Power Metal Resources’ (LSE:POW | FRA:2M5) business model may have been overlooked before, but now is the time to sit up and take notice of its impressive potential.
Speaking last week, chief executive Paul Johnson walked Mining Maven through the firm’s “dual model approach”, which involves using spin-offs to help fund other projects and increase working capital.
Right now, Power Metal has nine projects in its portfolio, with plans to spin out some and develop others internally.
In a glowing research note, First Equity analyst Jason Robertson recently gave the firm a buy rating, highlighting that there was “enough quality of prospective projects and assets within the group to form the basis for at least five or six separately listed companies”.
This echoes Johnson’s comment that, when looking at Power Metal, “you're effectively buying five or six exploration companies in one wrapper”.
Johnson explained that the firm’s approach, which involves handing over project responsibility in exchange for shares and warrants, is “designed to generate its own working capital”. Power Metal can then sell shares in spin-offs in order to bring in more funds for the projects it develops internally.
And Power Metal has some seriously high-calibre projects in its war chest.
For example, it has a 49.9% stake in a JV, known as Red Rock Australasia, which is focused on Australia’s sought-after Victoria goldfields. Gold projects in Victoria are attracting sizeable interest at the moment after the “remarkable discoveries” made at depth in the state’s Fosterville mine. The JV partners plan to list core Red Rock Australasia assets through a Canadian IPO.
Elsewhere, Power Metal has also earned a 35% interest in the Haneti project in Tanzania. This is prospective for nickel, platinum-group-elements (“PGE”), cobalt, copper, gold, and lithium, and drilling is already underway.
Meanwhile, another powerful asset for the firm is the Molopo Farms Complex (“MFC”) project in southwest Botswana, where it is targeting nickel, copper, and PGEs. Power Metal has secured a 40% direct interest in the MFC project by spending $500,000. It also holds an 18% stake in the company that owns the MFC, Kalahari Key Mineral Exploration. Combined, these give Power Metal a 50.8% effective economic interest in the project.
Johnson explained that, when it comes to choosing projects, Power Metal focuses on “great diversification across commodities, jurisdictions and types of geology”. Spreading operations across North America, Africa, Australia, offers “inherent protection against geopolitical risk, operation risk, and financing risk,” he added.
Johnson also stressed the importance of “large-scale” projects, with the scale being Power Metal’s “predominant focus” when it comes to new project acquisitions. That can be from a corporation or an exploration perspective.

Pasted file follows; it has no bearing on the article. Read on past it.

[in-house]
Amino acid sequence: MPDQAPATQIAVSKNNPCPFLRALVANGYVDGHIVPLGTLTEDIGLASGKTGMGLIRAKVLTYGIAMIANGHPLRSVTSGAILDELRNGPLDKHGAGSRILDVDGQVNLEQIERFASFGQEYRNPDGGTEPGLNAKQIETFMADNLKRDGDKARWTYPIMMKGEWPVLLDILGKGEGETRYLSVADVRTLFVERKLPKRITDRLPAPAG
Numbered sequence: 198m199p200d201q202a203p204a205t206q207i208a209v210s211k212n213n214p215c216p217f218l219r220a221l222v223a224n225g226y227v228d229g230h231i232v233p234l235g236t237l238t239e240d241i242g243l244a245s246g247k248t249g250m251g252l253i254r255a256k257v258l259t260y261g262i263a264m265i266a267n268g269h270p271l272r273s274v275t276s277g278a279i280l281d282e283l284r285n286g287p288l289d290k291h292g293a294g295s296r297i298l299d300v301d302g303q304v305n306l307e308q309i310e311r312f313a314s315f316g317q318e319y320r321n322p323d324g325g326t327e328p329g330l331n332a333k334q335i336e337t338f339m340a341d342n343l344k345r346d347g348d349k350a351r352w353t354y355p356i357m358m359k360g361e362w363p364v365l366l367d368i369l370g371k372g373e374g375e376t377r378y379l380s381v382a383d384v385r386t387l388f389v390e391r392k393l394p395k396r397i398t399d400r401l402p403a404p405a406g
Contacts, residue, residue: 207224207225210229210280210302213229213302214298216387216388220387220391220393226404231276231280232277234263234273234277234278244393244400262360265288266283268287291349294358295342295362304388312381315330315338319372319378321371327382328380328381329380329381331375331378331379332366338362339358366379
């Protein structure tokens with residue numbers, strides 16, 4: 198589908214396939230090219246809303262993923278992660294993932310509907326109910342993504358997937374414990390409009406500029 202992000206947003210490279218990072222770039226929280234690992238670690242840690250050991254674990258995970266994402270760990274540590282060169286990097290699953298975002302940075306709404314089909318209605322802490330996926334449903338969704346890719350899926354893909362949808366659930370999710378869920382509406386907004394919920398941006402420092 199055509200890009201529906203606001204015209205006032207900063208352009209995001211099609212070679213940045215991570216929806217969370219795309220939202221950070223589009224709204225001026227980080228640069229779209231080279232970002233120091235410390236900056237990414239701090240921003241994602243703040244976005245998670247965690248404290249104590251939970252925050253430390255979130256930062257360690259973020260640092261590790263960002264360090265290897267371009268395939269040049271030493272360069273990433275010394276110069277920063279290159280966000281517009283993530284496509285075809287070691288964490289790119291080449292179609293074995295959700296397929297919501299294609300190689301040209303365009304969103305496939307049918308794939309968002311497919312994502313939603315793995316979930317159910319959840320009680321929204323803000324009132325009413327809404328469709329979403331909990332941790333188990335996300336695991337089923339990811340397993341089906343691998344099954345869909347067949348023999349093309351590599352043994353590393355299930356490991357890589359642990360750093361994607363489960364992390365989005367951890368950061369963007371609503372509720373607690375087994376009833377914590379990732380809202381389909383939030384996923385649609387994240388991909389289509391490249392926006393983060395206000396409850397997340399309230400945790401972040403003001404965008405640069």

The chief executive has also made a unique vow not to conduct heavily discounted financing, a commitment that is made possible thanks to funds from spin-offs.
“Yes, we’re on a public market and we can raise money if required, but I’ve given a commitment that we will not do heavily discounted financing,” Johnson promised.
The company’s share price is down 15% year-to-date, but up more than an incredible 850% on a one-year basis at 2.49p.
This only adds to Power Metal’s appeal, as the current dip is likely to be temporary given the company’s strong and diverse project interests.
Moreover, Johnson’s pledge on financing gives shares an edge in the small-cap mining space, where heavily discounted placings are par for the course.
He pointed out that investors are often frustrated when they buy a share at 3p on the market, only for a company to turn around the next day and announce a 2p financing. Thanks to its dual-model approach, Power Metal avoids this and helps shares keep hold of their value.
When factoring in this aspect, as well as potential upsides from its projects, it’s hard to argue that Power Metal’s £28.5 million market cap is an accurate reflection of value.
Not only does Power Metal have gold investments at a time of high prices and strong safe-haven demand, but it also has investments in battery metals like nickel, cobalt, and lithium during a worldwide electrification boom. In the US alone, the Biden administration is rolling out a $174 billion plan to drive electric vehicle adoption and development.
On top of that, the company is focusing on scale, meaning that newer projects are likely to get bigger and more impressive over time. This can only spur Power Metal on to greater heights.
Author: Anna Farley
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